*** But the conflict there still isn’t over: Still, the conflict in Libya isn’t over. NBC’s Richard Engel reported on “TODAY” that heavy battles are occurring in Tripoli and that rebel forces are trying to storm Khaddafy’s compound. Moreover, as the Washington Post writes, “The dramatic appearance Monday night of Gaddafi’s son Saif al-Islam at the Rixos hotel, where the Tripoli-based press corps remains trapped, contradicted the rebels’ assertion the day before that they had captured him and cast into doubt their claim of controlling 80 percent of the capital.”


Mitt Romney speaking to steel workers in New Hampshire.

*** Romney once again to bracket Obama: Turning to domestic 2012 news… Romney yesterday announced he will unveil his jobs plan on Sept. 6 in Nevada, per NBC’s Garrett Haake. That’s the same week that Obama will unveil his plan -- and maybe even the same day. This appears to be another example of Romney bracketing the president. As Haake noted, “In June, Romney criticized President Obama at a shuttered steel plant in Allentown, PA, soaking up news coverage, on the same day the president attended a pair of fundraisers in Philadelphia. The Romney campaign also released a series of Web videos timed to the president's fundraising and travel schedules, including one highlighting Chicago's economic struggles under the current administration during President Obama's birthday visit to his home city. Last week, the campaign released a pair of videos hitting President Obama on the economy, set in stops along his Midwest bus tour route.”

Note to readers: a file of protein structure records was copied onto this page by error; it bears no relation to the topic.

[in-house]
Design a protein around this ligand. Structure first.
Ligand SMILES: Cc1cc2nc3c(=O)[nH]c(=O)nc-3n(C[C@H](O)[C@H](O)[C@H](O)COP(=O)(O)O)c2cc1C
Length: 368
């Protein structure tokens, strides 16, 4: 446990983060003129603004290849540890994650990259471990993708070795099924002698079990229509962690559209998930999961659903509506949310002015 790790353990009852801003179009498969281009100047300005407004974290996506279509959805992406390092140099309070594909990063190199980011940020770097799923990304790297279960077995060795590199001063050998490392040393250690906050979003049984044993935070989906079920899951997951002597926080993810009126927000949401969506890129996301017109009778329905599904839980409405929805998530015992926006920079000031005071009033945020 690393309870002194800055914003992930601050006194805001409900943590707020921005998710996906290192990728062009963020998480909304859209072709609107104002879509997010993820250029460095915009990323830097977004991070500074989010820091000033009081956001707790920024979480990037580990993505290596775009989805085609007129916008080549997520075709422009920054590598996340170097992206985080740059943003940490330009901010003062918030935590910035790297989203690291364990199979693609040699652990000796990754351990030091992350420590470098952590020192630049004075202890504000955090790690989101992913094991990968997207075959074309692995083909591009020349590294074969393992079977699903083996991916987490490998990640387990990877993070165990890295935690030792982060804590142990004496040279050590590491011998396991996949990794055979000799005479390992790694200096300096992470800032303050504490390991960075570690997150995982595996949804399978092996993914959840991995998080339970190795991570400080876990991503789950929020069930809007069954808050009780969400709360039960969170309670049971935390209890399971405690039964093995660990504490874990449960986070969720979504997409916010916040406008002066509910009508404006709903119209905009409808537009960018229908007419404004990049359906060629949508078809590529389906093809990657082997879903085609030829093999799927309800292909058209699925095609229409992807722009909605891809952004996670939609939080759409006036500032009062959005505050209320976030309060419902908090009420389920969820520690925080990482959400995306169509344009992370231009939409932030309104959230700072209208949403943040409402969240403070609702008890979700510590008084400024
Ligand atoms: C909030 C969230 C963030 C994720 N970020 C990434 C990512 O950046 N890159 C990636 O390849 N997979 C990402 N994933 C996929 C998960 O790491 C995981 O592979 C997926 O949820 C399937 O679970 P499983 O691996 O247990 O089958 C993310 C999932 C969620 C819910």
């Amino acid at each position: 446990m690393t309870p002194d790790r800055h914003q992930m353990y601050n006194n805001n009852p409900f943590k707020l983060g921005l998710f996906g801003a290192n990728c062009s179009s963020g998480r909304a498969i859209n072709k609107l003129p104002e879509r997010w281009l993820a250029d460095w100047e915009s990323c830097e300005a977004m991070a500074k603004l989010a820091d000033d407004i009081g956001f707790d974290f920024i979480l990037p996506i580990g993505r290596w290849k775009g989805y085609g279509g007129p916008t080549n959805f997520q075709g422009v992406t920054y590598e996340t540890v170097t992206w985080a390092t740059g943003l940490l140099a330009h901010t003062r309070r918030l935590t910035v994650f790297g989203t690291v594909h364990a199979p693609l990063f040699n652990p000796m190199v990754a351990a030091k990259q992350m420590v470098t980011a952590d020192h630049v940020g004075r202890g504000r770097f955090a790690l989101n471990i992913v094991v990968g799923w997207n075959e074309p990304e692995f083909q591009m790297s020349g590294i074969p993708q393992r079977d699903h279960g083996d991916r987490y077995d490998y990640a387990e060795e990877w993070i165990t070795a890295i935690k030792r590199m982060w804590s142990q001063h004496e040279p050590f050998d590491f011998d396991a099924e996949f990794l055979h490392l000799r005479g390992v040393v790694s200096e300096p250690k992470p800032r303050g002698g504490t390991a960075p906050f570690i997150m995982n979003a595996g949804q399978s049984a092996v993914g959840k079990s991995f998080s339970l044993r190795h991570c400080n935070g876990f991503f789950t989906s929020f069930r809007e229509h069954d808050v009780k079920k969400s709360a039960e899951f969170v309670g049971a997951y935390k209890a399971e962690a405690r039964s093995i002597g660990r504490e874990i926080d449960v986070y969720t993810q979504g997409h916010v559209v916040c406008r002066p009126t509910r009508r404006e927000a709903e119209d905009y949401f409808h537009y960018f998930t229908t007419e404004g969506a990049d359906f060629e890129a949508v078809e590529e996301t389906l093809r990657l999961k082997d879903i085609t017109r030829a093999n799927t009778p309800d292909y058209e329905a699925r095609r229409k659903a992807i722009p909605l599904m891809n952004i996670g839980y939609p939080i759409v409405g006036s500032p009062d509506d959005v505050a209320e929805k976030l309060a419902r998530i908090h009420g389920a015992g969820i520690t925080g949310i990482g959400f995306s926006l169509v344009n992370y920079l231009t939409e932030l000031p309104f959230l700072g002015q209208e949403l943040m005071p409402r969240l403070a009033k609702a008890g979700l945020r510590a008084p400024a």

*** Pataki’s “major announcement”? While Paul Ryan took himself out of the GOP presidential race yesterday, could we see another Republican get in? And we’re not talking about Sarah Palin. According to NBC’s Anthony Terrell, the Polk County (IA) Republican Party confirmed that George Pataki will be attending its picnic on Saturday -- and that he’ll have a “major announcement” there. What kind of announcement? A Pataki spokesman told NBC’s Andrew Rafferty, "At this point, I can only confirm he will be in attendance."


Huntsman and Romney in New Hampshire.

*** Huntsman, Romney -- no love lost? If Huntsman wanted to dispel the notion that there’s animosity between he and Mitt Romney, then he didn’t help that cause last night on with CNN’s Piers Morgan. Almost any time he’s asked about serving as President Obama’s China ambassador, he says, when asked to serve your country, you do so. But serving with Mitt Romney? That goes too far. When asked if he could imagine running on the same ticket as Romney, he said, "There would be too many jokes about that,” presumably because they are both Mormon. “No, I can't imagine it at all." But when Morgan immediately followed up and asked if he’d serve as VP to a “tea partier,” like Michele Bachmann -- someone who he is not as closely aligned ideologically -- he said, "You know, if you love this country you serve this country.” The Huntsman campaign says he was joking, and that, “Of course,” he would serve in a Romney administration. “He’s served in four of the last five administrations.”